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The Pancreas and Salivary Glands

Objectives

  1. Recognize and distinguish the pancreas and salivary glands.
  2. Distinguish each of the 3 salivary glands.
  3. Understand the structure of the glandular elements and the relationship between structure and function.

Salivary Glands

The glands of the oral cavity may be classified as serous, mucous or mixed according to the nature of their secretory product(s). The basic unit of structure is a saccular or tubular arrangement of mucous and serous secretory epithelial cells enclosing a lumen. One or several of these secretory units may empty into a small intralobular duct which joins others to form progressively larger intralobular, the interlobular ducts and finally the interlobar and excretory ducts. Portions of the intralobular ducts are involved in altering the ionic composition of the secretion. The glands are usually well vascularized, and are under control of the autonomic nervous system.

In H & E stained sections, the cells making up a mucous alveolus are columnar or pyramidal, with colorless or mildly basophilic non-granular cytoplasm. The nucleus is very flattened at the extreme base of the cell. Cell boundaries between adjacent cells are usually clear. In a serous acinus, the cell boundaries are not distinct, and the component pyramidal cells are usually smaller and more basophilic than those of mucous acini. The nucleus lies in the basal cytoplasm, but is oval or round and not flattened against the base of the cell. The apical cytoplasm is less abundant, and ideally contains an accumulation of acidophilic secretory granules although these are often lost in preparation.

Since the precise chemical nature of mucous and serous secretions of various organs can differ, mucous and serous acini from various locations are not necessarily identical in histological appearance, although the above descriptions include overall characteristics generally observed.

Secretory acini are scattered throughout the oral cavity, but three groups of acini form named anatomical entities, the three paired salivary glands. Of these, the parotids and submandibulars (submaxillaries) are more clearly defined as distinct organs, while the sublinguals are embedded within the tongue. The salivary glands produce about 1–2 liters of saliva per day.

Study the parotid gland (slide #38). Under very low magnification note the separation of the gland into lobules by septa of connective tissue containing large, pink interlobular ducts as well as blood vessels and nerves. Often the septa appear to be embedded within the lobules as the architecture is not completely regular. With the 10x lens, note that this gland is composed predominantly of dark-staining serous acini and ducts. The latter are the acidophilic (pink) structures with round nuclei in the center of tall cells. Examine serous acini and note the rounded basally located nuclei and dark granular staining of the cytoplasm. Usually the gland lumen is not easily seen. The acini lie in a fine network of connective tissue. The absence or scarcity of mucous acini and the presence of adipose tissue between acini, i.e., in intralobular locations, aid in the identification of the parotid gland. The lumen of each individual acinus opens into an intercalated duct (first portion of the intralobular duct) which is lined with low cuboidal, pale-staining cells. In cross-section they are smaller than secretory acini, are more acidophilic, and tend to have more centrally located nuclei. Try to find longitudinal sections showing the continuity between secretory acini and intercalated ducts. More often, the continuity between intercalated ducts and the next portion of the duct system, the striated ducts, can be seen. Striated ducts are lined by cuboidal to columnar acidophilic cells and are so-named because of characteristic striations in the basal portions of the cells which are due to the alignment of mitochondria between deep infoldings of the basal cell membrane. The nucleus is in the central part of the cell above the striations. The latter are sometimes difficult to discern because of postmortem changes.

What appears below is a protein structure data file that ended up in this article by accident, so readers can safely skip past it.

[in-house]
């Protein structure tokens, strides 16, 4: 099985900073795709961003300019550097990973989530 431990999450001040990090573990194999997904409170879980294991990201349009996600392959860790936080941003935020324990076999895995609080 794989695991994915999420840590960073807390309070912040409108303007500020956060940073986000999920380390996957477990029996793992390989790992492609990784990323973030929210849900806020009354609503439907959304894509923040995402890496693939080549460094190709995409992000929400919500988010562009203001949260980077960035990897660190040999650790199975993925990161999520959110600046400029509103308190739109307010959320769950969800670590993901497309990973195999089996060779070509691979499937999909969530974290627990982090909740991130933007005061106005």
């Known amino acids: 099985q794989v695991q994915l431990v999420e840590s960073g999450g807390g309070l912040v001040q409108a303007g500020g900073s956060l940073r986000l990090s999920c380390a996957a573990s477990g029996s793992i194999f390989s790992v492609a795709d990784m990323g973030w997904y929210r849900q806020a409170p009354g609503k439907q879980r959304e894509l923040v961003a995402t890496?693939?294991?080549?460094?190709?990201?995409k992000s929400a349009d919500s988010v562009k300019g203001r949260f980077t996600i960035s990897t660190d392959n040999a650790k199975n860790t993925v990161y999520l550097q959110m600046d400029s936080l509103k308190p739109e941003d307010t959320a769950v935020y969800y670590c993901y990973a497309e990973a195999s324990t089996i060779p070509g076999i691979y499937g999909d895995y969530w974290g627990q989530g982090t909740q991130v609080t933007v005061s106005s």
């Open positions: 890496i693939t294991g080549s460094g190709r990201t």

Lobular nature
Intralobular ducts
Striated duct
Striated & Inter- calated ducts

EM of basal region of striated duct

Myoepithelial cell

 

With the high-dry or oil immersion lens, note myoepithelial cells with long, flattened nuclei (small and triangular in cross section) and little cytoplasm, visible in some acini and ducts; they are located between the bases of adjacent secretory cells within the basement membrane. In contrast, the nuclei of the serous epithelial cells are round and lie above the basement membrane more or less in the center of the acinar or duct cell. Myoepithelial cells are not found in the pancreas.

The striated ducts empty into interlobular ducts in the connective tissue septa where they become larger in diameter. Interlobular ducts fuse to form progressively larger structures. Those with walls consisting of multiple layers of cells are called excretory ducts. The cells bordering the lumen in these ducts usually have rounded apical surfaces.